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Ravan and Eddie
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Ravan and Eddie

3.65 of 5 stars 3.65  ·  rating details  ·  399 ratings  ·  31 reviews
Ravan and Eddie are the unlikeliest of companions. For one thing, Ravan is Hindu, while Eddie is Catholic. For another, when Ravan was a baby and fell from a balcony, that fall had a dramatic, and very literal, impact on Eddie’s family. But Ravan and Eddie both live in Central Works Department Chawl No. 17—and if you grow up in the crowded Mumbai chawls, you get to partici ...more
ebook, 328 pages
Published December 11th 2012 by NYRB LIT (first published 1994)
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May 15, 2008 Naeem rated it 5 of 5 stars  ·  review of another edition
Recommends it for: omar, lal, manu, (especially) august, phil, nethra -- everybody really.
Recommended to Naeem by: Kiran Nagarkar and Anjali Nerleker
I read this a few days ago and wanted to wait a few days before i tried to articulate my response.

It takes place in the dwellings (apartment buildings of types) of the lower working class in 1950s and 60s Bombay. The characters are mostly children and their parents.

The book is funny -- in the same league as Heller's Catch-22, Nichols' Milargo Beanfield War, and Rushdie's Midnight's Children. But the way Nagarkar invokes humor is difficult to describe. The child characters are always getting the
Amey Nadkarni
I had never heard of this book- which was first published way back in 1995- until its sequel- "The Extras" was released sometime in the first half of this year. That too i learnt when i stumbled upon a TV interview of its writer. Thus, before i could get introduced to anything about Ravan and Eddie, i was intrigued by the man who created them- Kiran Nagarkar.
Dressed in a crumpled white kurta- pajama and still radiating 'class'... Nagarkar seemed to me an exceptionally intelligent man with a sha
if you want to understand the cultural fabric of bombay, you cant miss this book
Meera Srikant
Amazed. At the language, at the narrative, at the characters... Spell bound.
Amit Mishra
Nagarkar has done a fantastic job in describing the Chawls of Mumbai. Infact, the life of Mumbai chawls(around 60's and 70's) comes out to be one of the strongest characters of the book. It's victories, agonies, shared tragedies, struggles and how people continue to live through it is very well described.

This book to is an ode to the tenacious animal(whose evolution can defy darwinism)-called the Mumbaikar, where Ravan and Eddie act as prisms to show the various facets of lower middle class Mumb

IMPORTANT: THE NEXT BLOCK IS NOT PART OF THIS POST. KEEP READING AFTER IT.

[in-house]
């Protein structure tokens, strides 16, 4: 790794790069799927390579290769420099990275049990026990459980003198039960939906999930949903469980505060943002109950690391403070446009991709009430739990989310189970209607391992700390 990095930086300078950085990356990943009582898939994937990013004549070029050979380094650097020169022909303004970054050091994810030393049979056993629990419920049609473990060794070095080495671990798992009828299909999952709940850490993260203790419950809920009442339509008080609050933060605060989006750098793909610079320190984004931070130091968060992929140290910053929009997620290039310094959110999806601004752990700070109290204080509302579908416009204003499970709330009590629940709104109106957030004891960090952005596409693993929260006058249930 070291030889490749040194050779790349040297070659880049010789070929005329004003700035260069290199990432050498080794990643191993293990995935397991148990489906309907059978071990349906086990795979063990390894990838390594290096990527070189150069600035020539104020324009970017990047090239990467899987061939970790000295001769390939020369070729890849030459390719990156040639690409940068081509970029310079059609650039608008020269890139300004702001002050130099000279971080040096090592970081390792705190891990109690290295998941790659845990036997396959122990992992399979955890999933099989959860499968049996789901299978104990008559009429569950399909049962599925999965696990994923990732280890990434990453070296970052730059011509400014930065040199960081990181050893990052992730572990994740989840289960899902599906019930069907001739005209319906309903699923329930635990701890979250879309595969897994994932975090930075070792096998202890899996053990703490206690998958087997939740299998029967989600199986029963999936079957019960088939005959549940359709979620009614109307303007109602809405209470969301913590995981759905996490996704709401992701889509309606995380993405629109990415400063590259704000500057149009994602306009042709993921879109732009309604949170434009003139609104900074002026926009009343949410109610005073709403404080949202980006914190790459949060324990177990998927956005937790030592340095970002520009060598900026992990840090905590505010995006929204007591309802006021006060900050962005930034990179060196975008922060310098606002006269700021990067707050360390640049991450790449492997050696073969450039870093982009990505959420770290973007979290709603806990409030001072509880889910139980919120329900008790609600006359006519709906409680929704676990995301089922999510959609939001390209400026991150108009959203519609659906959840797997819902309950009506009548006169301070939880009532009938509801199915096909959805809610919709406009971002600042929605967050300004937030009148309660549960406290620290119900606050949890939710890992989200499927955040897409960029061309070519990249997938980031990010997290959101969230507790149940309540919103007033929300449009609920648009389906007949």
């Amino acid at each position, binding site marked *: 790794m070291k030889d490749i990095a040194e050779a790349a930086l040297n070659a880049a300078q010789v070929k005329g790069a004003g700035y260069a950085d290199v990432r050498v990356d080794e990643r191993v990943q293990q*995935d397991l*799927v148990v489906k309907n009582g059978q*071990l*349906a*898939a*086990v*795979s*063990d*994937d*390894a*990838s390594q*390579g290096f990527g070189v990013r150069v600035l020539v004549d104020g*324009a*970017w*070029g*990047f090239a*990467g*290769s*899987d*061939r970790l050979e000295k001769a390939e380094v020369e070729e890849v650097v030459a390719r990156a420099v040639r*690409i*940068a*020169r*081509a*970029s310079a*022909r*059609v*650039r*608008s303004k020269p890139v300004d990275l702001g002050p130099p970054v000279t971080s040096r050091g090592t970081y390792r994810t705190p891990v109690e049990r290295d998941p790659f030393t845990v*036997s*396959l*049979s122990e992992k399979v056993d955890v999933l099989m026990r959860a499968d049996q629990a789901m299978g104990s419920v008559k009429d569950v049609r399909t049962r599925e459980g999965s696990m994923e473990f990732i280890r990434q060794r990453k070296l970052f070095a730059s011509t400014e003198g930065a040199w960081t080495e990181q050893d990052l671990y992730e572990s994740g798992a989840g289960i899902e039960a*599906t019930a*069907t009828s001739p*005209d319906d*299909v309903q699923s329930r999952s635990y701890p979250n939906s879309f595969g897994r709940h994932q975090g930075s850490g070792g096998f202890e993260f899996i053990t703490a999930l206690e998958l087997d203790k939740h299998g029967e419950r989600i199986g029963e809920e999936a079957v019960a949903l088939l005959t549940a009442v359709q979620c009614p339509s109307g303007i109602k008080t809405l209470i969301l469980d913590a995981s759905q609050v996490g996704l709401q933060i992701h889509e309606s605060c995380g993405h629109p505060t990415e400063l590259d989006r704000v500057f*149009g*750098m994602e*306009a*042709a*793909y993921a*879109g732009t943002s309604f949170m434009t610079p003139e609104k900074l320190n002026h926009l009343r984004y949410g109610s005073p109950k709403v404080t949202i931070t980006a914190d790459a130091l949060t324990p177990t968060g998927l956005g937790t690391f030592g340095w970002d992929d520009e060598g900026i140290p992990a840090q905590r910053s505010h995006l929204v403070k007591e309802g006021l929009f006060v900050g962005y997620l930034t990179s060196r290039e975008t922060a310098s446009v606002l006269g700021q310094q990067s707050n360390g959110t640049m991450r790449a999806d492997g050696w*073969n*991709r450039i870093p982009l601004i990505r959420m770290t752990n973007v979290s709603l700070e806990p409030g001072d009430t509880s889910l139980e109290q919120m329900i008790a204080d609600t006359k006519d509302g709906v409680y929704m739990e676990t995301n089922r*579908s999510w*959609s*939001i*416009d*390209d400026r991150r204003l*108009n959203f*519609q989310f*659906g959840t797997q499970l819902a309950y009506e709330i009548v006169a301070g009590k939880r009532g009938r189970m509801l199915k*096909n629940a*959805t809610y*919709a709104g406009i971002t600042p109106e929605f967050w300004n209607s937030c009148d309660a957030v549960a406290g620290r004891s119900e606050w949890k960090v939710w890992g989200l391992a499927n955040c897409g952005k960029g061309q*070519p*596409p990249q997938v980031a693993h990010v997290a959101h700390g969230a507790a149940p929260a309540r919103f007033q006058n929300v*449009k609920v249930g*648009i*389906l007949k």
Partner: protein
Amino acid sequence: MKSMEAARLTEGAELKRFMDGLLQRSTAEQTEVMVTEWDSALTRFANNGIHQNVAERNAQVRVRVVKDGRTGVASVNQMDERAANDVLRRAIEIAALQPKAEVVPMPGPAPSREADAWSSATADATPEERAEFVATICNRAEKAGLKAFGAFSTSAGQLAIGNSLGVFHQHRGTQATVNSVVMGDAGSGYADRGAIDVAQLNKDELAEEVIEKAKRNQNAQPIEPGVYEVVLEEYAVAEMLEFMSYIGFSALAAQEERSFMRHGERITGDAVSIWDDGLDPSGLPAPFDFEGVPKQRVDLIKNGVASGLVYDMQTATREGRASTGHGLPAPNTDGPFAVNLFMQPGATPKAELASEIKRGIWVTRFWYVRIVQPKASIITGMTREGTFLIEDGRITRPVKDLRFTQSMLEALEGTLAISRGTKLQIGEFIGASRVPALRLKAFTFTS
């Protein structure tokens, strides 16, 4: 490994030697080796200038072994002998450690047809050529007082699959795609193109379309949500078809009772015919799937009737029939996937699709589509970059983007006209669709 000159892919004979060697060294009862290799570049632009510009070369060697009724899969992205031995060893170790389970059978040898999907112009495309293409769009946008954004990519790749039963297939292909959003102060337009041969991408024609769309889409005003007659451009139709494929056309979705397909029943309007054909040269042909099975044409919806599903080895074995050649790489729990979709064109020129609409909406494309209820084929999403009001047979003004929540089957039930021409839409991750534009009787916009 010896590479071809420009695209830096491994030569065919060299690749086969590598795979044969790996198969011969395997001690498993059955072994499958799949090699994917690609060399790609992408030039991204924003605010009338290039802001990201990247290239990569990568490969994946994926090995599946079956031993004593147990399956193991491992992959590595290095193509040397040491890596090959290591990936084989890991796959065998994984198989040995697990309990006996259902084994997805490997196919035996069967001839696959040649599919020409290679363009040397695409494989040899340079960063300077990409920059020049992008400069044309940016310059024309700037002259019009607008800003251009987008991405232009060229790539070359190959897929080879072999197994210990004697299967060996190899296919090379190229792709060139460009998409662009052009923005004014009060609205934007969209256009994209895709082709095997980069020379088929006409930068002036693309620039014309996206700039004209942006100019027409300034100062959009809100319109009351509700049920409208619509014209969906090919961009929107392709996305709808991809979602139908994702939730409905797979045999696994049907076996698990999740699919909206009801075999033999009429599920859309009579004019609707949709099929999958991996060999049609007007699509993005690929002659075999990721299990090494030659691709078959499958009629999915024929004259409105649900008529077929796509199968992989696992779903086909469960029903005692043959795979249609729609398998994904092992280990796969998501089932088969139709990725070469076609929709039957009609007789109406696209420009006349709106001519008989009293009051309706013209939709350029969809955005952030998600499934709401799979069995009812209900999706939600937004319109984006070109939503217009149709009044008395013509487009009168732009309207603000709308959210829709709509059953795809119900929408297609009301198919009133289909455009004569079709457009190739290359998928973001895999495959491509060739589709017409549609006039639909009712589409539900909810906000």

I was surprised reading the mixed reviews about this book. Ravan and Eddie is one of my all-time favourite reads, and a book I recommend to friends very often.

It is evocative, emotional and beautifully descriptive. A story about self-discovery and coming-of-age, set in the crowded chawls of Mumbai.
The chawl life parts were fun to read. A little dated though. Then some of it was kinda surreal, some of it far-fetched. Shouldn't be telling you too much now, mustn't spoil it for you or anything. The general knowledge asides into Mazgaon, the Portuguese and related history - that was informative, but the first time I have seen non-fiction worked into a work of fiction like that and some of it clearly, excuse the cliche, was pandering to the west.

A word about the writing, not that my writing i
A very strong comic novel about the slightly intersecting lives of two boys--a Catholic and a Hindu--in one of the Bombay chawls, growing up in the 50s. While it has some of the epic trappings of a Rushdie novel (the boys' birth roughly coinciding with Indian independence), the virtues here are almost always located in the details. Neither boy has a particularly warm upbringing--remote mothers and absent fathers and surrogates abound--yet their travails and rites of passage are rendered in grati ...more
Jun 11, 2008 Manu rated it 3 of 5 stars  ·  review of another edition
Recommends it for: No one, really!
Recommended to Manu by: Naeem
What is it with Nagarkar and the film industry in Bombay? Nearly everything you read by him has (by way of a preface or post-script) some mention of his failed attempts at converting his books into a film. Yes, yes! Heroic expressiveness opposing a faceless commercialism is inspiring, but, to put it directly, a little too repetitive. Dwelling on this brush-off reveals too easily our own acceptance of cliches and the author's own insecurities by proudly revealing his wounds. To quote Sean Connery ...more
I was expecting something entirely different when I started reading this book - perhaps that's why it was so disappointing. I thought it was going to be about two friends growing up in the slums of Mumbai. I had high hopes for the story.

But instead, it was about 2 boys who lived in the same building, who were enemies (but it was rarely mentioned) because of an accident that happened days before Eddie was born. It was about all the trouble that precocious boys will get into in Mumbai. Basically,